Bob Marley was the first and arguably the only reggae artist to become an international superstar, and the legend and legacy of this extraordinary artist is explored in “Marley,” a documentary by Academy Award winner Kevin McDonald, open in theaters today.
From his birth to mixed race parents on Feb. 6, 1945, at Nine Mile in St. Ann Parrish, Jamaica, to his tragic death at age 36 after battling cancer, “Marley” gives viewers a comprehensive look at Bob Marley, whose “roots” style of reggae and socially conscious lyrics caused him to be viewed as a prophet among his people. He began to find his voice as a founding member of the Wailers, which also featured Neville Livingston (a.k.a Bunny Wailer) and Winston Mackintosh, best known as Peter Tosh.
As his profound insight and exceptional songwriting skills began to emerge, Marley’s creative commentary on the world at large came to include such songs as “Trench Town,” “Concrete Jungle,” “I Shot the Sheriff,” “Redemption Song,” “Exodus,” “Get Up, Stand Up (with Peter Tosh),” “Survival” and “Zimbabwe,” and “Ambush in the Night,” Marley’s personal reflection on an attempt on his life.
Marley also had a lighter side, composing such love songs as “No Woman No Cry,” “Waiting in Vain,” “Stir It Up” and “Is This Love,” as well as irresistible dance tunes including “Lively Up Yourself,” “Could You Be Loved,” “Satisfy My Soul” and “Jamming,” which broke through on Black radio, much to Marley’s delight. Many of his greatest hits and live performances are included in McDonald’s documentary.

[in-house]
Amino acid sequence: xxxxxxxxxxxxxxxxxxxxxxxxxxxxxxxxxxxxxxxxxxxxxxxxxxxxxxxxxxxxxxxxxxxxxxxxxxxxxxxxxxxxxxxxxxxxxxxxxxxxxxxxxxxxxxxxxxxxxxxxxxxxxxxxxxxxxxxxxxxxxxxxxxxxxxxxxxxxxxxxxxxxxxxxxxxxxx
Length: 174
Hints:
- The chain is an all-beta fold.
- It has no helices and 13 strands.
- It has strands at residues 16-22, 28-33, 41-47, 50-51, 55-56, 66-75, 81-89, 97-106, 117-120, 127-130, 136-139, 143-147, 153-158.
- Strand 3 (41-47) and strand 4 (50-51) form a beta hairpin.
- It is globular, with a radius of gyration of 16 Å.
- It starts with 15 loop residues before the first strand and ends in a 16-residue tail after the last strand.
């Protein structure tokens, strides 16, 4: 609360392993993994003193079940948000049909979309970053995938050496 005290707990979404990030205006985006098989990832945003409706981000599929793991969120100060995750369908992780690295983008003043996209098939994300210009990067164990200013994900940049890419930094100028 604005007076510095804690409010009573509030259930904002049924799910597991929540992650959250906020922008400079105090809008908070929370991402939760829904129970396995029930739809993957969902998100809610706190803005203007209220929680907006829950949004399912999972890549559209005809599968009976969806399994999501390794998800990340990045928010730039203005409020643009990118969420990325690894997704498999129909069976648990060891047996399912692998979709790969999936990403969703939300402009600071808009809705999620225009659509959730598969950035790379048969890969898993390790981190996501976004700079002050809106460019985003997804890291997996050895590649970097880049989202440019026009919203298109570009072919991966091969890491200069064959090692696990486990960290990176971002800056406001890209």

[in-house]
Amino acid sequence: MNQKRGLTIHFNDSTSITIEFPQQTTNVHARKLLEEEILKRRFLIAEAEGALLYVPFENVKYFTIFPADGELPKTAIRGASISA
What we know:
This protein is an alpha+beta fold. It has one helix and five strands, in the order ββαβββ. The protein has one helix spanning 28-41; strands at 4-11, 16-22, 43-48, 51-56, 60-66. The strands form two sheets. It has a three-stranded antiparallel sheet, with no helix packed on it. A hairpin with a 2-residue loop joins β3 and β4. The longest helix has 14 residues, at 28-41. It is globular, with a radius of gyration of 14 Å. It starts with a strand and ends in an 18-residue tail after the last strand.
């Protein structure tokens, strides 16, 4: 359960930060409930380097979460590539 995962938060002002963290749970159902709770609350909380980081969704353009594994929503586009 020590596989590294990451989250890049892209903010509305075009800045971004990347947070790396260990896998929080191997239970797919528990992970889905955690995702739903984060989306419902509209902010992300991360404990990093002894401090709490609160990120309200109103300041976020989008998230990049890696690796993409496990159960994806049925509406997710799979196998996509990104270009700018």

The 45-minute documentary also features interviews with Bunny Wailer (born Neville Livingston), an original member of the Wailers; Bob’s widow, Rita Marley; his son Ziggy, now a star in his own right; Rock and Roll Hall of Famer Jimmy Cliff; producer Lee “Scratch” Perry, and Chris Blackwell, who released the Wailers’ first major album, “Catch a Fire” on his Island Records label.
As I watched the film, I realized that “Marley” is essentially a compilation of video and concert footage that I have seen in the past in previous documentaries. While the movie provides a wealth of information for viewers with only a basic knowledge of the man and his music, for true Marley-ites there is very little, if any new information here. However, it is an entertaining and captivating story nonetheless, and Marley’s musical messages are just as relevant today. (Rated: “R”)